The Summation of Force VR is described as a virtual reinterpretation of a moving-image work by Adelaide photographer couple Trent Parke and Narelle Autio currently on display at the Samstag Museum.
Shot at night and created in partnership with filmmaker Matthew Bate of Closer Productions, it uses sport as a metaphor for “the game of life” and is the culmination of a project involving Parke and Autio’s two sons, one film camera and hundreds of hours of backyard cricket.
Adelaide Film Festival director Amanda Duthie says the VR version was commissioned by the festival and will be the highlight of the October 5 opening-night Digital Carnivale event at the Tonsley Innovation Precinct.
“It’s such a clever and amazing work,” she told InDaily.
“The Summation of Force moving-image presentation at Samstag, which is very much a celebration of the work of Trent and Narelle and their kids, is a delicious flat-screen presentation of the work.
“The VR, which is fully immersive and 360, will be with new material, extending the narrative of the Summation of Force. So it’s not just seeing the images that you saw at Samstag on flat screen as 360 elements, it’s the next stage on from that.”
The Digital Carnivale opening night will be more of a cabaret-style event rather than the usual theatre experience, and will also feature a “sideshow alley” where guests can get a sneak peek at other new screen works, sample a hologram and play a game.
The full program for the October 5-15 festival is released today and comprises 142 films, including 23 world premieres and 40 Australian premieres.
“It’s a really great slate of films this year – everything from emerging filmmakers to very experienced, and quite a breadth of subject matter,” Duthie says.
Among the world premieres will be Guilty, a “cinematic portrait” of the days leading up to the execution of Bali Nine drug smuggler Myuran Sukumaran. It is directed by Matthew Sleeth, who worked with fellow artist Ben Quilty running art classes with Sukumaran and campaigning to stop his execution; Matthew Bate was also one of the screenwriters.
Duthie says the film, which was supported by the Adelaide Film Festival Fund, handles a highly personal story with great sensitivity and respect.
“It is an extraordinary tale – he [Sukumaran] is such a compelling human, and the generosity of the family and all of the people who knew him is exceptional. I can’t wait for people to see this film.
“It’s such shocking subject matter … you can’t help but be moved by it.”
Previously announced highlights include director Warwick Thornton’s western Sweet Country; activist Larissa Behrendt’s documentary After the Apology, examining the increase in Indigenous child removal since 2008; Closer Productions’ comedy drama F*!#Ing Adelaide, starring local actor Tilda Cobham-Hervey, and feature film Cargo, starring Martin Freeman, Susie Porter, Natasha Wanganeen and David Gulpilil.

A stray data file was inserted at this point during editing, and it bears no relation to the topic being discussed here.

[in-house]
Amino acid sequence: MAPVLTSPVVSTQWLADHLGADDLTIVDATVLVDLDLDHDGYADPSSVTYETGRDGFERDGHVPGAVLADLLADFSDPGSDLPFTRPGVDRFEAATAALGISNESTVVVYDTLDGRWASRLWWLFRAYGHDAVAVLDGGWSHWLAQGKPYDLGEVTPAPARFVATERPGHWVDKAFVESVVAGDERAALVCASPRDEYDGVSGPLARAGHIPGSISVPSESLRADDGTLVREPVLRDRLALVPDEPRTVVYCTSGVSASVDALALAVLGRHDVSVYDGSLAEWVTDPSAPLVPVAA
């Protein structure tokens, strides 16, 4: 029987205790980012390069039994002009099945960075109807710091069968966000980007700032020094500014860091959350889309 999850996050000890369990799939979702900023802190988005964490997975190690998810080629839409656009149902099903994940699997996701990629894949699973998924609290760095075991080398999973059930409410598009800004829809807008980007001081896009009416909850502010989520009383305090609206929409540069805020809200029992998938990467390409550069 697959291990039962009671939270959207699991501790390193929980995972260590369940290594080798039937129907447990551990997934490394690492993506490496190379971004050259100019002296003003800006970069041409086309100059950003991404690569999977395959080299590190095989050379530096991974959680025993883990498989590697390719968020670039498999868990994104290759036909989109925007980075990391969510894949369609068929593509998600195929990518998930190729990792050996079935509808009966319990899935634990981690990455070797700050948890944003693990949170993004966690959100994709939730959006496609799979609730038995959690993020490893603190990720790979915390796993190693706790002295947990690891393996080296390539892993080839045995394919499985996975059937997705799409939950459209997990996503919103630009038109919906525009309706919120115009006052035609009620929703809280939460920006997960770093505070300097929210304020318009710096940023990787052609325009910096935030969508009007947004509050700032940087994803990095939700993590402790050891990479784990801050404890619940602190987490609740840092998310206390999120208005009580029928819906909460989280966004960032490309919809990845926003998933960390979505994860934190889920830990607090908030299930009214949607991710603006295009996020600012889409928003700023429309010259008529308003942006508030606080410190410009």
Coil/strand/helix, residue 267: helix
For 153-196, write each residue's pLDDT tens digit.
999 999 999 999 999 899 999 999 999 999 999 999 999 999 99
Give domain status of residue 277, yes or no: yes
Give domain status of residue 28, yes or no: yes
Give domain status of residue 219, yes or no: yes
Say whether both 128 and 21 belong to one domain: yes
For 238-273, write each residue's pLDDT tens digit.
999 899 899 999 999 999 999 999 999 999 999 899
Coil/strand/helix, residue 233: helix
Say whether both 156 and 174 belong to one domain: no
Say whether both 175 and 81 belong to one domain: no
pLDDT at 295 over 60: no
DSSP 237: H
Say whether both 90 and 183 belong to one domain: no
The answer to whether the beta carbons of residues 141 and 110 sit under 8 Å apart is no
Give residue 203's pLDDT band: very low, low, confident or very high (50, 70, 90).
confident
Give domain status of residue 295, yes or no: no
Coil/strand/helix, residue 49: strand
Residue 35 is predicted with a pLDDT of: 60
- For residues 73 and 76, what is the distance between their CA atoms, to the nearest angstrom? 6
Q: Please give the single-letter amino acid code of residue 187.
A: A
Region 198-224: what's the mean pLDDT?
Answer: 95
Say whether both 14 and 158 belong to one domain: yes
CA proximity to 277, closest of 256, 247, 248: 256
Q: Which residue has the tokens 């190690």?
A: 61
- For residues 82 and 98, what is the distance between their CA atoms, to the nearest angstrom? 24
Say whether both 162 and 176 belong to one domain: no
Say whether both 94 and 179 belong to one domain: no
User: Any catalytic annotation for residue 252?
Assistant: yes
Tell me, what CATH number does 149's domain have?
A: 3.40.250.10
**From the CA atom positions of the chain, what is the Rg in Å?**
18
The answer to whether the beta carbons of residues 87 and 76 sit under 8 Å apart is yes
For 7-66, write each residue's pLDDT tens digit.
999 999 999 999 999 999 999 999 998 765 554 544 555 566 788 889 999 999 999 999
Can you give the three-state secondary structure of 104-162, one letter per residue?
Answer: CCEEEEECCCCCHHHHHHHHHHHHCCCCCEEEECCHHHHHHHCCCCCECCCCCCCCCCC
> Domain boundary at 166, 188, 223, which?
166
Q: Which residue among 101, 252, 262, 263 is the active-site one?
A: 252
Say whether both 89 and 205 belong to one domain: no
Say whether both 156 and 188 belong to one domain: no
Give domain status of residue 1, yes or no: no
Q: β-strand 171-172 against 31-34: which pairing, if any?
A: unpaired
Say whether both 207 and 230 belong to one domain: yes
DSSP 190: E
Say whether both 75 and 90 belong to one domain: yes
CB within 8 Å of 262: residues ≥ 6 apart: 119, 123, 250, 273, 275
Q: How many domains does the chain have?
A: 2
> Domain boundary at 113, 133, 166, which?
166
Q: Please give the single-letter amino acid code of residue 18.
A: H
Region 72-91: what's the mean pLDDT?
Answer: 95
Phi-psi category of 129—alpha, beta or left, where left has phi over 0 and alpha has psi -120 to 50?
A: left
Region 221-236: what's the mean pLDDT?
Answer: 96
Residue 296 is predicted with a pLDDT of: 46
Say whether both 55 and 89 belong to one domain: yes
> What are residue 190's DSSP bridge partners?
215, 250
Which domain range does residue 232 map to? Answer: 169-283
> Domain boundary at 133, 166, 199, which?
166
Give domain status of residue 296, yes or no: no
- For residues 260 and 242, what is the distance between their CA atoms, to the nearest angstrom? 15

Festival-goers will be able to view more virtual reality works in a VR Lounge at the box office at GU Film House, including 10 international works vying for the inaugural AFTRS International Virtual Reality Award.
In line with the festival’s Vive Le Punk theme, the closing night film will be Bloodlight and Bami, a documentary about music icon Grace Jones made by filmmaker Sophie Fiennes. Featuring footage of live performances and candid moments of reflection, it is described by Duthie as “an intimate portrait of an extraordinary artist”.
“I think there’s a beautiful poetry to it … we start with the spirit of punk and then close out the festival with this extraordinary diva, so it felt like the right closing night spectacular.”
Other highlights Amanda Duthie nominates from the program include:
Making a Mark: Director Richard Jasek’s documentary chronicling the first year of the Ramsay Art Prize, currently showing at the Art Gallery of South Australia. “It’s in tribute to [philanthropist] Diana Ramsay and the extraordinary and absolute necessity of having such generous souls funding and enabling such great work to be made.”
Jill Bilcock: Dancing the Invisible: A documentary about Melbourne-based film editor Bilcock, whose credits include Strictly Ballroom, Muriel’s Wedding and Moulin Rouge. “For anyone who loves screen culture and getting to know the behind-the-scenes process, the creative process of how these stories are told, this is an extraordinary tale.”
Dolphin Man: A visually stunning portrait of famous free diver Jacques Mayol. “It’s an examination of how far we can push the body without any sort of medical or medicinal intervention… there is a special VR presentation of that as well, so you will feel very immersed in Dolphin Man’s world.”
A Field Guide to Being a 12-Year-Old Girl: The ABC-commissioned directorial debut of young Adelaide actress Tilda Cobham-Hervey (52 Tuesdays, Girl Asleep). “It’s utterly divine … 12-year-old girls are fascinating and the range of girls Tilly has brought into this film is really, really special.”
How to Talk to Girls at Parties: A feature film starring Nicole Kidman, Elle Fanning and Matt Lucas. “A little bit of punk, a little bit of sci-fi – it’s on theme for the Viva La Punk Adelaide Film Festival.”
Birdshot: Filipino filmmaker Mikhail Red’s film about a teenage farm girl who mistakenly kills a protected bird. “It’s an incredibly beautiful film.”
Pecking Order: “For anyone who is a bird fancier, this is a very funny, very charming New Zealand film about the Christchurch Poultry, Bantam and Pigeon Club.”
The Adelaide Film Festival’s home this year is at GU Film House in Hindley Street, with sessions also taking place at the Mercury Cinema, Palace Eastend and a pop-up festival hub in Port Adelaide. Running alongside it will be the tech-based event Hybrid World Adelaide, at Tonsley, from October 4-8.
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